Such a Long Journey (review)
Talk about an international production. Such a Long Journey is directed by an Icelander, was financed with Canadian money, and is set in India and stars an Indian cast. With that kind of pedigree, it’s no surprise that the story it tells is universal.
In 1971, India was about to involve itself in the civil war in Pakistan, which was itself formerly part of India. While this political turmoil rages, one proud and compassionate man deals with the small betrayals all around him. Gustad Noble (Roshan Seth: Gandhi) — a Parsi, the ethnic Persians in India who have traditionally been civil servants — has seen better times. Before Indian independence, when he was a child, his family was quite well to do under British rule, and warm, golden memories of this time haunt him now, in his life of relative squalor. His wife, Dilnavaz (Soni Razdan), vents her frustration with his many idiosyncrasies: the books that clutter their small apartment, the heavy black paper still protecting the windows, leftover from a war nine years earlier. His teenaged son, Sohrab (Vrajesh Hirjee), refuses to attend the prestigious technology institute his father pushed him to apply to, and instead — to Gustad’s dismay — wants to study the arts. His young daughter, Roshan (Shazneed Damania), takes ill with malaria. His best friend, Jimmy (Naseeruddin Shah), has disappeared without a trace. And as if all that weren’t enough, the city wants to knock down the wall that keeps the teeming masses of Bombay out of the courtyard of his apartment complex, just so they can widen the road.
Based on the award-winning novel by Rohinton Mistry, Such a Long Journey is an oddball combination of domestic drama and black comedy with a touch of the crime caper, but it’s a highly satisfying one. Director Sturla Gunnarsson balances the seemingly opposing story forces adroitly, so that at times you’re not sure whether to laugh or cry. Dilnavaz tries to patch up the relationship between her son and her husband… using the witchy talents of her neighbor, Mrs. Kutpitia (Pearl Padamsee). The mysterious letter that arrives from Jimmy, talking of political intrigue, the impending war, and “national security,” snares Gustad into endangering his position of responsibility at the Central Bank of India by asking him to accept a risky mission on behalf of his old friend — and that enduring friendship is reason enough for the well-meaning but rather naive Gustad to agree. The bundle of money that arrives next becomes a factor in Gustad’s upset with his wife, an alternately humorous and dangerous scheme with his pal at the bank, Dinshawji (Sam Dastor), and even inadvertently involves the unfortunate Tehmul (Kurush Deboo), the damaged young man who lives in Gustad’s apartment building and spends his days wandering the courtyard.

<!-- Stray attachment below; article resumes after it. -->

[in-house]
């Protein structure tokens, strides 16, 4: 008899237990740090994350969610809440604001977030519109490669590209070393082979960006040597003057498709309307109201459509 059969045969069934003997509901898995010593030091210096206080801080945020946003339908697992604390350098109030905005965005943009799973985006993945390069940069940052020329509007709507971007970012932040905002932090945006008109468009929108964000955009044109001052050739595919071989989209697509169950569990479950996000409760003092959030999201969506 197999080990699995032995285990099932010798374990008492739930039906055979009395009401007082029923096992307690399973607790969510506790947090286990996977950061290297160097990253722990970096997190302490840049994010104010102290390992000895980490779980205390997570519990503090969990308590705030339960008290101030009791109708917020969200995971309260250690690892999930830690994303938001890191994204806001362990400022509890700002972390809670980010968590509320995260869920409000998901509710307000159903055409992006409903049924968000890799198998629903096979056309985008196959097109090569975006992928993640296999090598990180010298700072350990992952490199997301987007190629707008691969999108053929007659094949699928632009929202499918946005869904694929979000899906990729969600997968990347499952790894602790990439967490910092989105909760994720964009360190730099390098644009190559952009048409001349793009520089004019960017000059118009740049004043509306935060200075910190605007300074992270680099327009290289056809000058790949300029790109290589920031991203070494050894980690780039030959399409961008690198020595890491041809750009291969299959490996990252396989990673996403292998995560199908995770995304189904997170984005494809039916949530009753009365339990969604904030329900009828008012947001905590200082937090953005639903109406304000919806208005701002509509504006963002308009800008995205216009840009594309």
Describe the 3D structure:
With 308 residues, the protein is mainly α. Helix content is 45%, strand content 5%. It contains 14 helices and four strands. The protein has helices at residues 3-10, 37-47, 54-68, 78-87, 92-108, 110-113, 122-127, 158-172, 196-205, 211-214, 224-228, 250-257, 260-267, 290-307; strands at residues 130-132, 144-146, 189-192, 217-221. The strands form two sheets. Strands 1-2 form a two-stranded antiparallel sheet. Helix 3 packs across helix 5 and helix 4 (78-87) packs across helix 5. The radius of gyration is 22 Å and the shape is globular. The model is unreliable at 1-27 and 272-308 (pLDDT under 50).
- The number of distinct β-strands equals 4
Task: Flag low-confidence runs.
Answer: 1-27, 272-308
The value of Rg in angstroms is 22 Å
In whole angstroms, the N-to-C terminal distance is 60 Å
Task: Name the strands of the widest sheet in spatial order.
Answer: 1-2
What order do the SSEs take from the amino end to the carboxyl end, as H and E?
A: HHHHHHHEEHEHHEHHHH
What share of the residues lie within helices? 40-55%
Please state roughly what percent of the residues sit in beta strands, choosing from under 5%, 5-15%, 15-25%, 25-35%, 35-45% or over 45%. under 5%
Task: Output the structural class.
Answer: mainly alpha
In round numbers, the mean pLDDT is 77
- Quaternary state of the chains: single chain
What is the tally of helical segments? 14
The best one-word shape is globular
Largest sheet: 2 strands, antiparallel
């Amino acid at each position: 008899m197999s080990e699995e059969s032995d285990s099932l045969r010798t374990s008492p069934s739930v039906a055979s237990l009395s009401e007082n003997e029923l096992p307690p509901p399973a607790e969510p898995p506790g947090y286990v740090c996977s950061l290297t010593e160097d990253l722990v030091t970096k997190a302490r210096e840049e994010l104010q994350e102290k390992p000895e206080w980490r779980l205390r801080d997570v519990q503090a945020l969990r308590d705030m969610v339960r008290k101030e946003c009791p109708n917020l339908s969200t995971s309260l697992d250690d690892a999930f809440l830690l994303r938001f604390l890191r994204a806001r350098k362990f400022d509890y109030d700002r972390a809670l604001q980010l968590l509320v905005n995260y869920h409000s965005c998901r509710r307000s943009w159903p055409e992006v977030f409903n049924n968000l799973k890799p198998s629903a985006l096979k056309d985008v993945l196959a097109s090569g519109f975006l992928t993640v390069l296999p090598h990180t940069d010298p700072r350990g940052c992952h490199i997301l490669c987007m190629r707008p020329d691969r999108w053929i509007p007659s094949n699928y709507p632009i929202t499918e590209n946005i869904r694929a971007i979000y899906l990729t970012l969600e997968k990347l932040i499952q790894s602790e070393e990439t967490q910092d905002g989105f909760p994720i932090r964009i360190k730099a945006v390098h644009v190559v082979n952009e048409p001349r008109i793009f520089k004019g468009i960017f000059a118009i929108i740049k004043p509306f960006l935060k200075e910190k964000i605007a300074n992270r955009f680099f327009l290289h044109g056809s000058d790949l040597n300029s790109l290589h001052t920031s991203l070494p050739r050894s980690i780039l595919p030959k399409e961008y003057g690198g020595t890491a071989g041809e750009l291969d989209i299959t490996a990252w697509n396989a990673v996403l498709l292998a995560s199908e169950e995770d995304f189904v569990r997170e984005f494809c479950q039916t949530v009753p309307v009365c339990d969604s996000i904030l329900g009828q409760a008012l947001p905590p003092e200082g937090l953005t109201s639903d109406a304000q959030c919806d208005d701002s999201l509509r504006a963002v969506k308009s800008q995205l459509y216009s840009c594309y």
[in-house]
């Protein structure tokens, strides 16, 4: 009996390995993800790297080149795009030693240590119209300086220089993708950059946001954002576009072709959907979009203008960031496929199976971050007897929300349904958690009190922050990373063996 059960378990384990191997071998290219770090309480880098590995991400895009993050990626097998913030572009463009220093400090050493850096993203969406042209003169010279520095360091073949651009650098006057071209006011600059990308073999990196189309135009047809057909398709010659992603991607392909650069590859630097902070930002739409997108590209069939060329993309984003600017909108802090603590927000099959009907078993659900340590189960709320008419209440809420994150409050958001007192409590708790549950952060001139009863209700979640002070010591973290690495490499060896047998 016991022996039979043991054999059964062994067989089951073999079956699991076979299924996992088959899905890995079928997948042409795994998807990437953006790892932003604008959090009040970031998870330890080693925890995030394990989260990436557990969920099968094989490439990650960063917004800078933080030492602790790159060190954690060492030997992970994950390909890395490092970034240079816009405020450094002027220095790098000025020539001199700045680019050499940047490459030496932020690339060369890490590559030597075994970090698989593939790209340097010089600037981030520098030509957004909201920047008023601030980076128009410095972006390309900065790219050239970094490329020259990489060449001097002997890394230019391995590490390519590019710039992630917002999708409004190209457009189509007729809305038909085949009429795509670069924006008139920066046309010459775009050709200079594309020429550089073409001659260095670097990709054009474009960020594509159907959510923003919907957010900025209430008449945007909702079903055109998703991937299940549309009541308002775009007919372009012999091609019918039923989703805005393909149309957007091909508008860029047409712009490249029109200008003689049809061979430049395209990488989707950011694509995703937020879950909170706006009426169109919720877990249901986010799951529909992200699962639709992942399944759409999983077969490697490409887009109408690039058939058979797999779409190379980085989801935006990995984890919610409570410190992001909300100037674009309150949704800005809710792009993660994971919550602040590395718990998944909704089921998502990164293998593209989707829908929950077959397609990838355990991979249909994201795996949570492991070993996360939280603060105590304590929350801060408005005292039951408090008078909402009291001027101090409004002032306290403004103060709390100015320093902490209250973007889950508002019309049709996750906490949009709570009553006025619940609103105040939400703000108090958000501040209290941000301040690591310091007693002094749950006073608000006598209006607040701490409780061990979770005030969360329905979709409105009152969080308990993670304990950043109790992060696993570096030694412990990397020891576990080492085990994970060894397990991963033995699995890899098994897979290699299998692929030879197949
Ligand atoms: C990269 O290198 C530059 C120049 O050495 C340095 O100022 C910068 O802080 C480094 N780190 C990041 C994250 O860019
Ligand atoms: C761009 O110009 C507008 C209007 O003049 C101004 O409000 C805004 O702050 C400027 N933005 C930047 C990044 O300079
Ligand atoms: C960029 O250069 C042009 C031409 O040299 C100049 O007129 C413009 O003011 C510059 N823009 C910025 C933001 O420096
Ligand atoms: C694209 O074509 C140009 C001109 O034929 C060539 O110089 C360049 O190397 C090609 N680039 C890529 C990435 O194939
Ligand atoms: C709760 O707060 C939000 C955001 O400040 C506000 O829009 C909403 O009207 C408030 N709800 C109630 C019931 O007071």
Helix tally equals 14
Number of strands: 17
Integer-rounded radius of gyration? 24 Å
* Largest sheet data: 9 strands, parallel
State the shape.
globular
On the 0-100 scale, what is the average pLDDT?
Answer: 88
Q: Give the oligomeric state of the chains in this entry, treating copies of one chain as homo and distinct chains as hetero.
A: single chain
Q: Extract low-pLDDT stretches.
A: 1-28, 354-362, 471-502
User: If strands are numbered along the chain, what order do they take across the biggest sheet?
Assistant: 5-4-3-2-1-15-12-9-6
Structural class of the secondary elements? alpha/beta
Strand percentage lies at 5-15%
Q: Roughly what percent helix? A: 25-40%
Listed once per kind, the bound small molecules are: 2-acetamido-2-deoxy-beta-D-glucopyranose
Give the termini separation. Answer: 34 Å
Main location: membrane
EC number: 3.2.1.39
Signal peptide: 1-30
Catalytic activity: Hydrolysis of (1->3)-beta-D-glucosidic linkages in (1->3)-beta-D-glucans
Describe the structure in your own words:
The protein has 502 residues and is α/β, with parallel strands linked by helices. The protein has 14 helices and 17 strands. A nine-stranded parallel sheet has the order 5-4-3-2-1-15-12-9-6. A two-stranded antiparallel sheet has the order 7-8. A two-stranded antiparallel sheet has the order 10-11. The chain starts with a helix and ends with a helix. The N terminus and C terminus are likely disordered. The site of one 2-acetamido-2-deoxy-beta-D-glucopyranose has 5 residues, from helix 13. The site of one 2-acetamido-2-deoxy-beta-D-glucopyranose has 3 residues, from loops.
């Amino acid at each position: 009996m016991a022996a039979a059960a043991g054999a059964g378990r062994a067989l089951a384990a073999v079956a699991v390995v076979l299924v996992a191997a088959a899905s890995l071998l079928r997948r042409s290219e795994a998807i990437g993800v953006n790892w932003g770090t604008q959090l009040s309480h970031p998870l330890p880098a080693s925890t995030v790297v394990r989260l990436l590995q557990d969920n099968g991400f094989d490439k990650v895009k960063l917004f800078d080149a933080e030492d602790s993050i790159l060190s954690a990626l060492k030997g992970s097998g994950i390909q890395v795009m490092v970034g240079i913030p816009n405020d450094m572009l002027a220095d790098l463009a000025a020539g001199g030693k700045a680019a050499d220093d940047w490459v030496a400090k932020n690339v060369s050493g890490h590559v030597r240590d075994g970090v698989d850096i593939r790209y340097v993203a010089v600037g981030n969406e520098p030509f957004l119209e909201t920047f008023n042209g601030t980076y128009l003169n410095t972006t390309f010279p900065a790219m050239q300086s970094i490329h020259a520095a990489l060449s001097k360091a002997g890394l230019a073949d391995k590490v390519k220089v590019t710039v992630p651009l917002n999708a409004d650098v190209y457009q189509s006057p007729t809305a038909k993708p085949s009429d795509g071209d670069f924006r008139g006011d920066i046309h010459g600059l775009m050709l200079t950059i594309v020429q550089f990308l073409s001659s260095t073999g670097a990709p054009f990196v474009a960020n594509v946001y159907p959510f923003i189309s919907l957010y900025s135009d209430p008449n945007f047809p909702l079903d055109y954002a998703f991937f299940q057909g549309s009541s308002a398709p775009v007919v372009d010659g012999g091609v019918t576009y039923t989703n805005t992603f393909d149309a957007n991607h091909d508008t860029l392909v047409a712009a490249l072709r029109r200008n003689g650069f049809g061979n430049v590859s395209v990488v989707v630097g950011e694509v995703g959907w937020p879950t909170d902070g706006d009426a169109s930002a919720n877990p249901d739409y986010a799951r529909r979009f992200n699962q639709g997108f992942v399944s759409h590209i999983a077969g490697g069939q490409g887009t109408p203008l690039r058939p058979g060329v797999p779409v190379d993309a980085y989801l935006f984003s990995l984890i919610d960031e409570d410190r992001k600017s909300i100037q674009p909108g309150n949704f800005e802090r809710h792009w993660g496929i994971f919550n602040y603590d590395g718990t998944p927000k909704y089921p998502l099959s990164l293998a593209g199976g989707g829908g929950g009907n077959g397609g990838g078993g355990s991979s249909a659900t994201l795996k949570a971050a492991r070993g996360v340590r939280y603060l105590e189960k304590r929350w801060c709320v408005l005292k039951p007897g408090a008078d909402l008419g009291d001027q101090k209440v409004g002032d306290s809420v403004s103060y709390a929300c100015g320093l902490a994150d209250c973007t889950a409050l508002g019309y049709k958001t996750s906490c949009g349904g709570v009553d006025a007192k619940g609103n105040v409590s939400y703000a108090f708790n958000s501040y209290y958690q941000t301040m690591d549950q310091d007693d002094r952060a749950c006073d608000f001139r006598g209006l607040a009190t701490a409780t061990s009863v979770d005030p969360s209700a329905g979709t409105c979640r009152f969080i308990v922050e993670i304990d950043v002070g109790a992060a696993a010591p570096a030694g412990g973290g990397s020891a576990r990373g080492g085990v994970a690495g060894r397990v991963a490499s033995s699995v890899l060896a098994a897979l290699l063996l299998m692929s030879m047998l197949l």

Such a Long Journey is perhaps a little overlong, dragging a bit in the middle. But in the end it is a profound and moving story of surviving betrayal. By the time Gustad finally removes the black paper covering the windows of his apartment, letting in the golden sunlight for the first time in years, we know that he has his first chance for genuine happiness since the cheerful memories of his childhood.